Two U.S. stores are using ceiling-mounted packaged system, which the Italian company will manufacture in the U.S.
Rivacold walk-in R290 unit
As more retail stores in the U.S. move toward installing propane (R290) display cases, Italian manufacturer Rivacold has begun selling its R290 ceiling-mounted packaged system for walk-in coolers and freezers in the U.S. market.
Rivacold has sold the R290 packaged units to more than 100 stores in Europe, and so far to two new stores operated by a single retailer in the U.S., said Doug Schmidt, president of Rivacold’s U.S. division, based near Atlanta, Ga. (He could not name the retailer without their permission.)
“We expect to manufacture them in the U.S. later this year,” he said, adding, “Almost everything we quote in the U.S. now is R290.”
The sealed packaged system encompasses three parallel circuits, each consisting of a small hermetic compressor using under 150 g of propane, that work with one condenser and one evaporator. It is typically cooled via a glycol-loop system fed by an outside chiller, and is installed on the top of a walk-in cooler or freezer. The system uses thermostatic expansion valves and hot-gas defrost.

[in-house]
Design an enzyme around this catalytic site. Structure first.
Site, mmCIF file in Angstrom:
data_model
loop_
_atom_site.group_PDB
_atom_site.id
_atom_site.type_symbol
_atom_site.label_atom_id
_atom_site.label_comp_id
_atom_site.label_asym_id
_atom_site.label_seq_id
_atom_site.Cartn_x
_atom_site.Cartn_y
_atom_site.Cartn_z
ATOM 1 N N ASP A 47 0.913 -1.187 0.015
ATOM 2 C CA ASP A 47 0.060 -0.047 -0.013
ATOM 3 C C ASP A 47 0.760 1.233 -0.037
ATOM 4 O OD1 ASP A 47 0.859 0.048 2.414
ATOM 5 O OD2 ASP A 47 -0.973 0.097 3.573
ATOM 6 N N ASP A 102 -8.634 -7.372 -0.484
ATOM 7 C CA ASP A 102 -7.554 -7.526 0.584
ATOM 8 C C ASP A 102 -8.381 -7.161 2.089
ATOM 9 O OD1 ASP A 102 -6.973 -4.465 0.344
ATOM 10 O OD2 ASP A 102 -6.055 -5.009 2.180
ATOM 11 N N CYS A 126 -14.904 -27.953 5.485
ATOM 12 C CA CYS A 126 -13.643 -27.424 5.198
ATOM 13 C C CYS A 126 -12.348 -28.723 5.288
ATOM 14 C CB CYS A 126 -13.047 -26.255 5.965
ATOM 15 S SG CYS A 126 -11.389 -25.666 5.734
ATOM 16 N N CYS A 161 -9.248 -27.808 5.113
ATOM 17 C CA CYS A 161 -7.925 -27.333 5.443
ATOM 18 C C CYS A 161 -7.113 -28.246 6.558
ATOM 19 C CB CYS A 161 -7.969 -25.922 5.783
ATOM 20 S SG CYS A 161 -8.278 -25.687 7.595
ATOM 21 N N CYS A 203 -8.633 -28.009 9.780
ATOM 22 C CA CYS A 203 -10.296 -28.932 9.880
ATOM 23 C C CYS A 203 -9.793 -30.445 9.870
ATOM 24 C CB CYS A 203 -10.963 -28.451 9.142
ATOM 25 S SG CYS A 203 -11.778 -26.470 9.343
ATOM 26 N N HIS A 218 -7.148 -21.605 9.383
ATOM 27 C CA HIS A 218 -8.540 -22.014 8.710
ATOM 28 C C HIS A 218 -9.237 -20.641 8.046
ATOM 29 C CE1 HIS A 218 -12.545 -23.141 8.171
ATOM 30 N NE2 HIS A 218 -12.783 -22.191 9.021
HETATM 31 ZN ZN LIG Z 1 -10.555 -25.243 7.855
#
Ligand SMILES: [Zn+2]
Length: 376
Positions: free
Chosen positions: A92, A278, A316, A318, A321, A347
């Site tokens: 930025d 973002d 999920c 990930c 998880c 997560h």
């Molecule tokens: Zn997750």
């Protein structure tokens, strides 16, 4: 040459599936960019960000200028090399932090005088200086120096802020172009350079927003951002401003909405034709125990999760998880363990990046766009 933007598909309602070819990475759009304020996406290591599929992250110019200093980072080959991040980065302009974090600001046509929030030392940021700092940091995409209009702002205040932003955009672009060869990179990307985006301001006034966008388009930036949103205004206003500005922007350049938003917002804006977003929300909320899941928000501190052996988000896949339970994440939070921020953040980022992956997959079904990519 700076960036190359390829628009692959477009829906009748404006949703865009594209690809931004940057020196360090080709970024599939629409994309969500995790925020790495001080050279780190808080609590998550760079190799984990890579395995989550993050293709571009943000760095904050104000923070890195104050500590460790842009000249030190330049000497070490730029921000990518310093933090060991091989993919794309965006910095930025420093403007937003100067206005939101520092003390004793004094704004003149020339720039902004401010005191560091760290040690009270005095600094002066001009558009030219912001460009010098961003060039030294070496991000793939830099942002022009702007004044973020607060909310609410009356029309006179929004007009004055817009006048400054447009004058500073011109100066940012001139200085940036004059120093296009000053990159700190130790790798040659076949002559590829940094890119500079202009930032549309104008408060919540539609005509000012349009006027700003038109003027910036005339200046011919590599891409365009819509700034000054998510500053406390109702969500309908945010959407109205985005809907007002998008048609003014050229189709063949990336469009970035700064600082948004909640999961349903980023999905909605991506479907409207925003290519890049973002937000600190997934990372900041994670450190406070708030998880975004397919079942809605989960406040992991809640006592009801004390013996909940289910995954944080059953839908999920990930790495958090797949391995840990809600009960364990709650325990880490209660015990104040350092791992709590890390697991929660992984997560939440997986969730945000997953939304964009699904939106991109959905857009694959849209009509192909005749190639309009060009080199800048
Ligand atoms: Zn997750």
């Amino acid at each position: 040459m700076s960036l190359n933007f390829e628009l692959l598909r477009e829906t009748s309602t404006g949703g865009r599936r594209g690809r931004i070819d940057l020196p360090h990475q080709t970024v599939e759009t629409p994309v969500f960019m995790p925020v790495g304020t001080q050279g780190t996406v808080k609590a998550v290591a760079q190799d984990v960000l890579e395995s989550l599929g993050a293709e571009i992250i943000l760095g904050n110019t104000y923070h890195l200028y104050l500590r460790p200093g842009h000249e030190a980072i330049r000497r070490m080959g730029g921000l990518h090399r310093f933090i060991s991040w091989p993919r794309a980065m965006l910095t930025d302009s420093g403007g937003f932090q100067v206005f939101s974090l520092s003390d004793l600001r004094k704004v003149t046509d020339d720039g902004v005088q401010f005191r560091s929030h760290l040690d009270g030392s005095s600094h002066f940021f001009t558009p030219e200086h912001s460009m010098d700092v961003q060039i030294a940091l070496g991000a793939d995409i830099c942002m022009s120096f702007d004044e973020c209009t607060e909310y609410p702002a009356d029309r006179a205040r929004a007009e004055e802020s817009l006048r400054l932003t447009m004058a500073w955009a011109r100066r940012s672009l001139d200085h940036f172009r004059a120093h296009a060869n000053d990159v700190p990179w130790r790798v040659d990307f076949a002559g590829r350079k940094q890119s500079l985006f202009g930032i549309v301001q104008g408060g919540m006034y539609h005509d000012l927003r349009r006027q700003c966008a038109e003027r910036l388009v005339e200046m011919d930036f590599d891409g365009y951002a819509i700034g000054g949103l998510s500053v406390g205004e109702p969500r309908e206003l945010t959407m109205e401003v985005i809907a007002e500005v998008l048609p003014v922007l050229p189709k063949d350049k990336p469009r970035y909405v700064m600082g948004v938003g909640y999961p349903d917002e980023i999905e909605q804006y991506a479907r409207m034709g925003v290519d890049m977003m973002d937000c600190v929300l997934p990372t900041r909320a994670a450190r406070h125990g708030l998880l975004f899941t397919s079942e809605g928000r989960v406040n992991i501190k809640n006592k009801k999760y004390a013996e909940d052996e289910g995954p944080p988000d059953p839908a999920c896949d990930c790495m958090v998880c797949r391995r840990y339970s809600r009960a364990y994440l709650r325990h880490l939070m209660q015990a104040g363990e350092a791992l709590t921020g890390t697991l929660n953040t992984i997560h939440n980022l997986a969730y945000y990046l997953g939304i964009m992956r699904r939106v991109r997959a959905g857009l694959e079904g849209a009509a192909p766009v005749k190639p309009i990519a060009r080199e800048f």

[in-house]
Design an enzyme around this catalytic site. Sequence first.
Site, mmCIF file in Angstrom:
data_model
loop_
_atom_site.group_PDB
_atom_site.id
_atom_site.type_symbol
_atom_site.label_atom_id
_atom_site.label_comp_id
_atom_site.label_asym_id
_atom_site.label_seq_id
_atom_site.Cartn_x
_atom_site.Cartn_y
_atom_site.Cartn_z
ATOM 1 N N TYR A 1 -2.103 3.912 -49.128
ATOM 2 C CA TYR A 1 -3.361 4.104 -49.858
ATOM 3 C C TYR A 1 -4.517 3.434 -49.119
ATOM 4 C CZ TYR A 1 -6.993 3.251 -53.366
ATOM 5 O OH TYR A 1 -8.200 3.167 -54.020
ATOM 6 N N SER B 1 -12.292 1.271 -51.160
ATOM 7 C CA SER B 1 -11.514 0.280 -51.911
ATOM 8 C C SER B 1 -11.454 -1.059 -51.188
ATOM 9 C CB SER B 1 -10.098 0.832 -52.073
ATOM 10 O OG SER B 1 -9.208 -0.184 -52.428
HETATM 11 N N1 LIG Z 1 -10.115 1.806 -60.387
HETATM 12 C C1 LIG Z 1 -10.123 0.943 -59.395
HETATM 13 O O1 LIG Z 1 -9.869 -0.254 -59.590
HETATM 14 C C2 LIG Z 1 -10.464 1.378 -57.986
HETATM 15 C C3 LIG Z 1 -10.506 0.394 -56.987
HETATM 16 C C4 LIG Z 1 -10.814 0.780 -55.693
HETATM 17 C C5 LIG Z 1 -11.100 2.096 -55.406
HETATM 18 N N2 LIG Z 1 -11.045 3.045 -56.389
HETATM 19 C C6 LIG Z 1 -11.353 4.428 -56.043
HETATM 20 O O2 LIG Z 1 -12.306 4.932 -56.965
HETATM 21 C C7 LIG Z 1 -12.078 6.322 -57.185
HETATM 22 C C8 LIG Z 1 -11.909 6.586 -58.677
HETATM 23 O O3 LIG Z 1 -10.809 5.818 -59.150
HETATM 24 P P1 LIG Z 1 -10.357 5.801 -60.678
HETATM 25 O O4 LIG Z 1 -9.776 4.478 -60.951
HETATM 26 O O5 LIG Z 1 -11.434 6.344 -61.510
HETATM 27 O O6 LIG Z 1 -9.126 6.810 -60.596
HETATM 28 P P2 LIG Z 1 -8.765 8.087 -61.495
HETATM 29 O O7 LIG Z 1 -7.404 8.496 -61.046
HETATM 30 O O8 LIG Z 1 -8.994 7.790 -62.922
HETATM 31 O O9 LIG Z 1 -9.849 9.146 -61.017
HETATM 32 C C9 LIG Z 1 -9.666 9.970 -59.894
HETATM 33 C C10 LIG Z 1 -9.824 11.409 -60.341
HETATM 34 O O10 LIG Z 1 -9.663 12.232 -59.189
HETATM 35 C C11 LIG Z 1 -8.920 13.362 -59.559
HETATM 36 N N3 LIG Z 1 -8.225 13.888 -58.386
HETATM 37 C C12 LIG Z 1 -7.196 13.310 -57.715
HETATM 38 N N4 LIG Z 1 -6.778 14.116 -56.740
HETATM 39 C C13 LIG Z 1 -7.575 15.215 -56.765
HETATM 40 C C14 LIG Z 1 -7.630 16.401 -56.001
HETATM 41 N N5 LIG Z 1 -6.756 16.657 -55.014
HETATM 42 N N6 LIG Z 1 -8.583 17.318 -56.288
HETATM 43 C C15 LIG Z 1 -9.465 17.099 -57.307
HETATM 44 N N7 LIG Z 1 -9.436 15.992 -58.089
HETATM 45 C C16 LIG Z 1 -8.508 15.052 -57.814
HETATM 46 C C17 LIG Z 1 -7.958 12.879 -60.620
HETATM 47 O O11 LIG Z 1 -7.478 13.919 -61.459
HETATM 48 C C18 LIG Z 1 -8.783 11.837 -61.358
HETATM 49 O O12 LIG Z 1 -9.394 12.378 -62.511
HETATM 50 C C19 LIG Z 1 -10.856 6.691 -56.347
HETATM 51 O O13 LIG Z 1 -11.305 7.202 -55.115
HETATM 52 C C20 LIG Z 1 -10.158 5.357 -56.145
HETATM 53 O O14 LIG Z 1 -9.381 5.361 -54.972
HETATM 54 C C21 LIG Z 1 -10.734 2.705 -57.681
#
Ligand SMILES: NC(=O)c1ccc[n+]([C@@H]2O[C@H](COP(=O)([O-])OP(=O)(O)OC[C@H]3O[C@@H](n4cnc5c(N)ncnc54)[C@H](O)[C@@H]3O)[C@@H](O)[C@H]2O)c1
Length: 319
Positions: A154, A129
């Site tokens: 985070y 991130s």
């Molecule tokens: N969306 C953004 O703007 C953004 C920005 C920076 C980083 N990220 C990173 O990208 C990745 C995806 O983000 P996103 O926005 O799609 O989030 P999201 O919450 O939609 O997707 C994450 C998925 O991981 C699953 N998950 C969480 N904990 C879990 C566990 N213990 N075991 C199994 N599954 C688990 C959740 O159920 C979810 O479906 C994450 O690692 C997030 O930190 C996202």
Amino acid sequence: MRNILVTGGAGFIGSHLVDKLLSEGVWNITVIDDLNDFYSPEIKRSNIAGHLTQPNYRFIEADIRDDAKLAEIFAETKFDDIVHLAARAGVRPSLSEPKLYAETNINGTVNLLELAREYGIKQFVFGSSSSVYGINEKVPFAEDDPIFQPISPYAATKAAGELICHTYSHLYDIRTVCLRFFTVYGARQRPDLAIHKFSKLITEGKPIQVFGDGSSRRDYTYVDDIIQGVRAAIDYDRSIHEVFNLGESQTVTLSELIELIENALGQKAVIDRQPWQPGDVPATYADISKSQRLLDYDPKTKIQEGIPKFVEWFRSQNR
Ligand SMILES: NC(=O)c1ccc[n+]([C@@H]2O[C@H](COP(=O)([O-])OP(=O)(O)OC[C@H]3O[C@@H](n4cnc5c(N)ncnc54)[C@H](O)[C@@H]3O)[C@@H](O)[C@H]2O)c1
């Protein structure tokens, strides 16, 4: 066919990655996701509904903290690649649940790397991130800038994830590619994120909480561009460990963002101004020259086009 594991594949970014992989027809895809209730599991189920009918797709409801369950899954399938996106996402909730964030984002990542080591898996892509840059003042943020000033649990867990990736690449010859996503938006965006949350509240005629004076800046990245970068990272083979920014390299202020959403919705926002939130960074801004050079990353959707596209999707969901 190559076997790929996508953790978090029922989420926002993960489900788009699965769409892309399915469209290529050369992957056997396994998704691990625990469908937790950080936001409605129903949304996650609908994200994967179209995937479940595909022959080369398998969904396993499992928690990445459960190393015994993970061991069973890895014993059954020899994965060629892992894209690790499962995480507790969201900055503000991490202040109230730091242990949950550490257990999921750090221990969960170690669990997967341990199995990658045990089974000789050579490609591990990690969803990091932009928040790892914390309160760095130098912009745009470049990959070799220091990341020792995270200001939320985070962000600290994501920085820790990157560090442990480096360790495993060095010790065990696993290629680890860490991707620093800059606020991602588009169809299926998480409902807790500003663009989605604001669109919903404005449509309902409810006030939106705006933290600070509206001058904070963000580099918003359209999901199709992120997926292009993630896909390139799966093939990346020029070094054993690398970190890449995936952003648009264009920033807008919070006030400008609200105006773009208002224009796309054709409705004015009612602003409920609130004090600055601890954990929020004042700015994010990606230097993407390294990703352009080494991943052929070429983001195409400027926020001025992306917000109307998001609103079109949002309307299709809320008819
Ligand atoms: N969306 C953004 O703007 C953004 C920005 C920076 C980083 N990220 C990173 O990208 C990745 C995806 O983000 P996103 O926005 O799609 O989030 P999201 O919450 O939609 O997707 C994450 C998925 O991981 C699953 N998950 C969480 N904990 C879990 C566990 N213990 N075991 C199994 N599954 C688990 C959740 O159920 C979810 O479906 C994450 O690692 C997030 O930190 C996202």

One Rivacold unit can cool a room that is 10-ft by 10-ft by 8-ft, and multiple units are used in series for larger rooms. “It’s very scalable,” said Schmidt. In rooms with multiple units, one serves as a “master” and the rest as “slaves” linked to the master unit. “They all communicate to maintain a uniform cooling effect in a large room,” he explained.
The two U.S. stores where the Rivacold units have been installed also use R290 for all of their display cases, most of which share a glycol-cooling loop with the Rivacold equipment (some are unitary coolers at the point-of-sale), Schmidt noted. One of the stores has six Rivacold units in the walk-in cooler, and four in the freezer; the ratio in the other store is eight/four.
The walk-in units are designed for supermarkets, convenience stores and fast-food outlets. The two U.S. stores are smaller, urban stores, but the unit is not limited to smaller stores, said Schmidt.
“Almost everything we quote in the U.S. now is R290.”
– Doug Schmidt, Rivacold
The Rivacold unit is generally used instead of a split HFC system with a condensing unit on the roof and an evaporator in the room.
In a presentation last year at the ATMOsphere America conference in Long Beach, Calif., Schmidt presented an energy comparison between the Rivacold R290 unit and an air-cooled split HFC system. The Rivacold unit was shown to use 26.1% less energy.
On a capital cost basis, the Rivacold system is about the same as an HFC split system, but the former has a lower installation cost, said Schmidt. “In a new construction or retrofit, you only need a hookup for power and the glycol loop.”
Maintenance costs are about the same, though the Rivacold unit can be removed from a store for servicing.
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